Thursday, November 2, 2017

Bealadangan Gap beacons



On a misty, murky day in late October, I took advantage of a trip to the Baffle Poetry Festival in Loughrea to take in some navigational lights around the Rossaveal / Lettermore areas of county Galway. I was actually heading for Lettermullan at the time when I crossed the first of several bridges that cross the archipelago.


The bridge connects the mainland with the first island of Annaghvaan and I was gobsmacked to find, both to the north and south of the bridge, a number of stone beacons, seemingly scattered at random in the water. They reminded me a bit of the stone beacons along the River Boyne entrance although with several differences. The Boyne beacons are neater and have rounded tops while the beacons in the (Beala) dangan Gap are very weathered and resemble giant sandcastles.



The photo above shows the remains of an old causeway that pre-dated the first bridge which was built in 1836. The channel between the island and the mainland was / is only navigable around high tide and the correct route is shown by the beacons. The causeway was partially dynamited on construction of the first bridge and the beacons were erected around the same time.



For more information on these wonderful beacons, please see Roger Derham's fascinating Windsong blog






Wednesday, October 25, 2017

Bealtra beacons and lights


Well, its been an incredibly slim-pickings year for this blog, not having had the opportunity of visiting any of the coastal communities around Ireland. A late September hiking trip to the Iveragh peninsular (Ring of Kerry) offered up these pitiful few photos. We were hiking around Derrynane, ascended a cliff at the west end of the townland and below us caught a glimpse of Bealtra Bay.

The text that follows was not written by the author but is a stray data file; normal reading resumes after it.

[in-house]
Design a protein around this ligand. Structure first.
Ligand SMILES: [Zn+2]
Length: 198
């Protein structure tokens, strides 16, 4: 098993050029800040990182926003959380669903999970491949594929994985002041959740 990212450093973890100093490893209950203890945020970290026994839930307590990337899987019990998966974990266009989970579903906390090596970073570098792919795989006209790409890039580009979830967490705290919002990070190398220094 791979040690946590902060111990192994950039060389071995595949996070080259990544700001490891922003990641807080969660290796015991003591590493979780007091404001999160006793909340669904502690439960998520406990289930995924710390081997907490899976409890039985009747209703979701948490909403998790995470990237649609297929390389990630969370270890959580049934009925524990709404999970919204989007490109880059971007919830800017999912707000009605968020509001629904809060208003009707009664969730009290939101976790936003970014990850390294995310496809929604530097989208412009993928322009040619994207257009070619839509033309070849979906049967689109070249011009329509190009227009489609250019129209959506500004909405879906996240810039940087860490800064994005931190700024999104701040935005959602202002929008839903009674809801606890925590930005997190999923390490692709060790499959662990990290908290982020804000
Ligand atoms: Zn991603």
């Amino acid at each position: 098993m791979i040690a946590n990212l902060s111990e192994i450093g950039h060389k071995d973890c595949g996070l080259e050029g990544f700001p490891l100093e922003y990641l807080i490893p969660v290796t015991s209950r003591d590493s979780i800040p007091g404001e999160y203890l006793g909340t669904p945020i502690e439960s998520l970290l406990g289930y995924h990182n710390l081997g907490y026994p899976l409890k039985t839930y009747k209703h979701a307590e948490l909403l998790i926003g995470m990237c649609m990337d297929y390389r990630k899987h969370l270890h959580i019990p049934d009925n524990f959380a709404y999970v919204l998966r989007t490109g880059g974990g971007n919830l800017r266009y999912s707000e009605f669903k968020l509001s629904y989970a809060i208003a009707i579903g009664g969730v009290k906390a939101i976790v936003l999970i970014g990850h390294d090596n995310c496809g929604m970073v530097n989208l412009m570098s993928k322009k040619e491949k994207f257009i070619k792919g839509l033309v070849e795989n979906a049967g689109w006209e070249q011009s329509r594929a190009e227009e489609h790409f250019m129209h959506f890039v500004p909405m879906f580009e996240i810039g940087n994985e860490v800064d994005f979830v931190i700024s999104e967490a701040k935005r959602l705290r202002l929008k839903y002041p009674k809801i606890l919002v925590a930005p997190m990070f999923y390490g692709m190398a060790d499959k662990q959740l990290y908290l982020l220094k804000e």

There appear to be two markers, red and green at the outer entrance of the bay and then a third stone pillar nearer to the quay, probably to line up the correct approach to land. The bottom picture gives a decent view of the relationship between the three.


As things happened, it was a dull and drizzly day, that resulted in dull and drizzly photographs.




Saturday, November 19, 2016

Lighthouse Posters

Roger Reilly has spent the last year or so illustrating the lighthouses around the coast of Ireland. The body of work that he has produced is quite amazing and the results of his work can be found here and here. When I think that my blog involves finding the lighthouses and then taking a few quick amateur snaps, the months of effort that must have gone into the design and production of these posters is truly amazing
I give examples here of three of his posters, all of which are available for purchase. Roger has done over sixty sea and harbour lights around the coast and they are available as a poster of 16 or singly. If your ancestor was a lighthouse keeper, or if you hail from a particular coastal part of Ireland, or if you simply like the vivid colour of the posters, they'd be a great purchase, particularly at this time of the year. I should point out that Roger's work is not limited to lighthouses but encompasses many cultural areas of Irish life.


Sunday, November 6, 2016

Irish Postage Stamps